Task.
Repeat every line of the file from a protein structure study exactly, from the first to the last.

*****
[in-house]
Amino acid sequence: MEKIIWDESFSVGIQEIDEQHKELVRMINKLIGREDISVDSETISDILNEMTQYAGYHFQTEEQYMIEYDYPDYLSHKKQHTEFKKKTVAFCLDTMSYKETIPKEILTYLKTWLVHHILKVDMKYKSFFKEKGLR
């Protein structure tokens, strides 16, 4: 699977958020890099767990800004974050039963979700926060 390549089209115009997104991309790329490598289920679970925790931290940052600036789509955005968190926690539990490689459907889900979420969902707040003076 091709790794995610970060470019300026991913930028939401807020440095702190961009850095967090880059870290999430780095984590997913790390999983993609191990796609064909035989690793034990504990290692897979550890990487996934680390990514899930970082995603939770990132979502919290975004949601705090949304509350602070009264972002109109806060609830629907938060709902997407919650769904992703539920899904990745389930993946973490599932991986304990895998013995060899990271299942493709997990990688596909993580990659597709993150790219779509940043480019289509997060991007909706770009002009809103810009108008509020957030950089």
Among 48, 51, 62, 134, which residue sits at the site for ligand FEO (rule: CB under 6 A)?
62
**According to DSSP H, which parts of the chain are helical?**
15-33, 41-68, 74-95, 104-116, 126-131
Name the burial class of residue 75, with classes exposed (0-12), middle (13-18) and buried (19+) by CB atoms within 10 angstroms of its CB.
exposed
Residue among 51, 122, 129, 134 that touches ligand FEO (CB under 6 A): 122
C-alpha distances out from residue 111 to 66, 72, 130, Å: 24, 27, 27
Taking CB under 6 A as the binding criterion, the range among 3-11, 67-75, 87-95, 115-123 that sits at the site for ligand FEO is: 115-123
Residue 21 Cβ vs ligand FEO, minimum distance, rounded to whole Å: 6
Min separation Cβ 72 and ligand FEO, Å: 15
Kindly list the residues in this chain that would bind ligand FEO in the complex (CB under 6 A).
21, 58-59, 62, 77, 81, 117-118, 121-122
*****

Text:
[in-house]
Amino acid sequence: MEKIIWDESFSVGIQEIDEQHKELVRMINKLIGREDISVDSETISDILNEMTQYAGYHFQTEEQYMIEYDYPDYLSHKKQHTEFKKKTVAFCLDTMSYKETIPKEILTYLKTWLVHHILKVDMKYKSFFKEKGLR
């Protein structure tokens, strides 16, 4: 699977958020890099767990800004974050039963979700926060 390549089209115009997104991309790329490598289920679970925790931290940052600036789509955005968190926690539990490689459907889900979420969902707040003076 091709790794995610970060470019300026991913930028939401807020440095702190961009850095967090880059870290999430780095984590997913790390999983993609191990796609064909035989690793034990504990290692897979550890990487996934680390990514899930970082995603939770990132979502919290975004949601705090949304509350602070009264972002109109806060609830629907938060709902997407919650769904992703539920899904990745389930993946973490599932991986304990895998013995060899990271299942493709997990990688596909993580990659597709993150790219779509940043480019289509997060991007909706770009002009809103810009108008509020957030950089």
Among 48, 51, 62, 134, which residue sits at the site for ligand FEO (rule: CB under 6 A)?
62
**According to DSSP H, which parts of the chain are helical?**
15-33, 41-68, 74-95, 104-116, 126-131
Name the burial class of residue 75, with classes exposed (0-12), middle (13-18) and buried (19+) by CB atoms within 10 angstroms of its CB.
exposed
Residue among 51, 122, 129, 134 that touches ligand FEO (CB under 6 A): 122
C-alpha distances out from residue 111 to 66, 72, 130, Å: 24, 27, 27
Taking CB under 6 A as the binding criterion, the range among 3-11, 67-75, 87-95, 115-123 that sits at the site for ligand FEO is: 115-123
Residue 21 Cβ vs ligand FEO, minimum distance, rounded to whole Å: 6
Min separation Cβ 72 and ligand FEO, Å: 15
Kindly list the residues in this chain that would bind ligand FEO in the complex (CB under 6 A).
21, 58-59, 62, 77, 81, 117-118, 121-122